British Virgin Islands

Wednesday, Jun 23, 2021

Premier, Customs boss grilled on origin of proposal for barge services

Premier, Customs boss grilled on origin of proposal for barge services

Questions continue to swirl over the circumstances which led to EZ Shipping’s first engagement with the BVI government to provide marine radar services for border security.

During recent hearings of the Commission of Inquiry (COI), Premier Andrew Fahie and Commissioner of Customs Wade Smith were asked about a reportedly unsolicited proposal the shipping company’s owner, Clyde Chalwell, to provide these services.

Chalwell reportedly offered his barge as a surveillance platform to assist with Joint Task Force (JTF) operations during the early stages of the pandemic last year.

Both men insisted that the proposal, while completely unsolicited, formed part of the government’s critical services at the time. However, the COI was reportedly told that radar services was a need which was only contained in a top-secret Comprehensive Border Security Plan at the time of the submission.

Unsolicited proposals common in BVI culture


Premier Fahie said Chalwell’s proposal to assist with border security was not something that he had discussed face-to-face with the EZ Shipping boss, nor was it even something he had ever solicited in advance.

Asked how Chalwell had decided to make the unsolicited proposal to him, Premier Fahie said: “I would say, in general, this is not uncommon at all in our culture. People meet you as elected official, as Premier, or otherwise, and tell you about businesses that they’re interested in and would the government be interested. And they will tell you that they’re going to write a letter, and they tell you this whether they meet you in the supermarket, in church, anywhere they do meet you, so it’s not uncommon at all.”

Fahie told the COI that once letters such as those from Chalwell are received, he would normally reroute them through the proper channels “so that they can get their affairs dealt with in the correct manner”. This instance with Chalwell was no different, he said.

Premier Fahie also told the COI he did not recall having any prior knowledge of being written to about any similar approaches by Chalwell or any other persons; adding that the issue did not fall within his remit.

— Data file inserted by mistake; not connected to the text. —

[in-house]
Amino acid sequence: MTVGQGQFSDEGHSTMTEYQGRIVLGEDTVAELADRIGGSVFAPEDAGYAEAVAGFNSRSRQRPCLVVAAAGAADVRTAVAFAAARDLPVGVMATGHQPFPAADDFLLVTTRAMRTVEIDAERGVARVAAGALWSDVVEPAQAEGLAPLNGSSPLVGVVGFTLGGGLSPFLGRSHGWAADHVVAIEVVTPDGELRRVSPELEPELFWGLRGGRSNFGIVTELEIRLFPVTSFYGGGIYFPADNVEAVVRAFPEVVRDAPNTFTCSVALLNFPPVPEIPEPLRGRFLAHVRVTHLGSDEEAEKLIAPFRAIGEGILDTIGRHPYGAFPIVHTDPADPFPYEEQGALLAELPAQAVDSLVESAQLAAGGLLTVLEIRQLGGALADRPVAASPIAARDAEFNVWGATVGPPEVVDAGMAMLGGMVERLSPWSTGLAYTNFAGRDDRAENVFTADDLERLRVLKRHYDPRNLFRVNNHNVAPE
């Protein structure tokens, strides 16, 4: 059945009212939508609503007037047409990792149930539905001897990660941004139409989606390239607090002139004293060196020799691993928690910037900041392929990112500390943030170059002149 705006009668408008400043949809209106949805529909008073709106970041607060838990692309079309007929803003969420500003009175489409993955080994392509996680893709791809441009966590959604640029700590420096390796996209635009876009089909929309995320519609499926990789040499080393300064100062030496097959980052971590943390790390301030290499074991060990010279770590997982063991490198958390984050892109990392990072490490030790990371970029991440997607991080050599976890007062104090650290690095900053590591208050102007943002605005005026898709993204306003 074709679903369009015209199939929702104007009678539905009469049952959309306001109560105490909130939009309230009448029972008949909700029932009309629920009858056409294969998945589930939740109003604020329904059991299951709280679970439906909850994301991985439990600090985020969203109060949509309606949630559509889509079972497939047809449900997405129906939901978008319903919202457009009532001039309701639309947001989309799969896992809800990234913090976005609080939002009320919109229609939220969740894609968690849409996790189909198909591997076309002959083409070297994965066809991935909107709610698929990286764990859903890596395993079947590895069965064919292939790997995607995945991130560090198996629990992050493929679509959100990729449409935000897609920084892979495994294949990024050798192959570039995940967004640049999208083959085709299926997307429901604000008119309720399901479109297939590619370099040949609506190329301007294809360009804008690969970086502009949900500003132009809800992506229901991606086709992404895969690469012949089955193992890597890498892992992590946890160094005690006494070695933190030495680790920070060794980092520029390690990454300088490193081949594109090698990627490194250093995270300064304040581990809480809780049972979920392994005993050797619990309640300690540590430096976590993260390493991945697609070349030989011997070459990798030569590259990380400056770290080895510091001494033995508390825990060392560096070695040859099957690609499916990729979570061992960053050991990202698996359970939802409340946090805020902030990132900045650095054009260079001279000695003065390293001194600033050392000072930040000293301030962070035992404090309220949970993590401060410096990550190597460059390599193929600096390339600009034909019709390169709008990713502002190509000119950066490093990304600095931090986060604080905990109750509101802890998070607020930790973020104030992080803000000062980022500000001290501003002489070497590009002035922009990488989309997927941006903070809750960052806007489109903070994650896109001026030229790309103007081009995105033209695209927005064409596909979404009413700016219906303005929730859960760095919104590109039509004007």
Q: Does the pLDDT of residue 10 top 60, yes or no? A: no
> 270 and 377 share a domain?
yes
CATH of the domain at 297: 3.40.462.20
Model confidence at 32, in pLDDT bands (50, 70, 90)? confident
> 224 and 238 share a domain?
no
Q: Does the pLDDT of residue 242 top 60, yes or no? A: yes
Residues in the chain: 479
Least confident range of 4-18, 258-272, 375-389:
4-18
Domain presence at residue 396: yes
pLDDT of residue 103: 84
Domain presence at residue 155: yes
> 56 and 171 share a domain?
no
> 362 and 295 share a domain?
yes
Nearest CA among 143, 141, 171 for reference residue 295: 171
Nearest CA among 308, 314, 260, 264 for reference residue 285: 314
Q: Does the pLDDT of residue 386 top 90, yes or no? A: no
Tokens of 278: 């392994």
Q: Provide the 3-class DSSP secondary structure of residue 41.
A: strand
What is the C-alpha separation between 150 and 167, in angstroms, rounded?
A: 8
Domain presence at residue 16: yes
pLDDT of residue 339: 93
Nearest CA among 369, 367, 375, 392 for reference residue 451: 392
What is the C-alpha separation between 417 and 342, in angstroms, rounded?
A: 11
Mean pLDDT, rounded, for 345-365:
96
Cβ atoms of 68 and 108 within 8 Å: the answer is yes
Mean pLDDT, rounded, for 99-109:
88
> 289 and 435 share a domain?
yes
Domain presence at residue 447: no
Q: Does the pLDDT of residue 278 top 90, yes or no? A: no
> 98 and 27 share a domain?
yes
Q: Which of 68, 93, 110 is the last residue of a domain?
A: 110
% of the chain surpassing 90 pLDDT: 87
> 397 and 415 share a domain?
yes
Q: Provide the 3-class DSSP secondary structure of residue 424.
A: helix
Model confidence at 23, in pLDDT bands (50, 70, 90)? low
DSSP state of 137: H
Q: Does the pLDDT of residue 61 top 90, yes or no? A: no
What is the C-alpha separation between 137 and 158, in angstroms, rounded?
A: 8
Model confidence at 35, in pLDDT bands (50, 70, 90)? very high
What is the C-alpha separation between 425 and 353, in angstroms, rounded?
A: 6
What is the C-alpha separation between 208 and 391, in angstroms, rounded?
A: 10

He told the COI that either the Commissioner of Police or the Commissioner of Customs would have been informed of the proposal in the early stages of the establishment of the JTF.

Strange coincidence?


COI attorney Bilal Rawat, asked Customs boss Smith whether he felt it was strange that as government was internally and privately expressing an interest in marine radar platforms, a company should send in an unsolicited proposal to them.

Smith, who said he rejoined the Customs Department in August of 2020, related that he only first became aware of the proposal later that month as he was also a part of the JTF at the time.

According to Smith, the proposal was first submitted to the Commissioner of Police and the National Security Council in May 2020. He further declined to speculate on what may have prompted the proposal in the first instance.

He also told the COI that while he recalled that there was a public call from government for marine assets to assist with border patrols around that time, he could not recall any being made for a radar platform.

No close friends


Back over to the hearing with Premier Fahie, the COI quizzed the leader of government’s business about the nature of his relationship with Chalwell.

Premier Fahie said although he had known Chalwell for many years, he did not count him as a close friend.

“I don’t keep close friends, but I keep friends,” Premier Fahie explained when asked whether Chalwell was a closer friend than others.

A previously released post-Cabinet statement indicated the government paid a daily total of $11,600 for two barges between December 2020 and January 2021.

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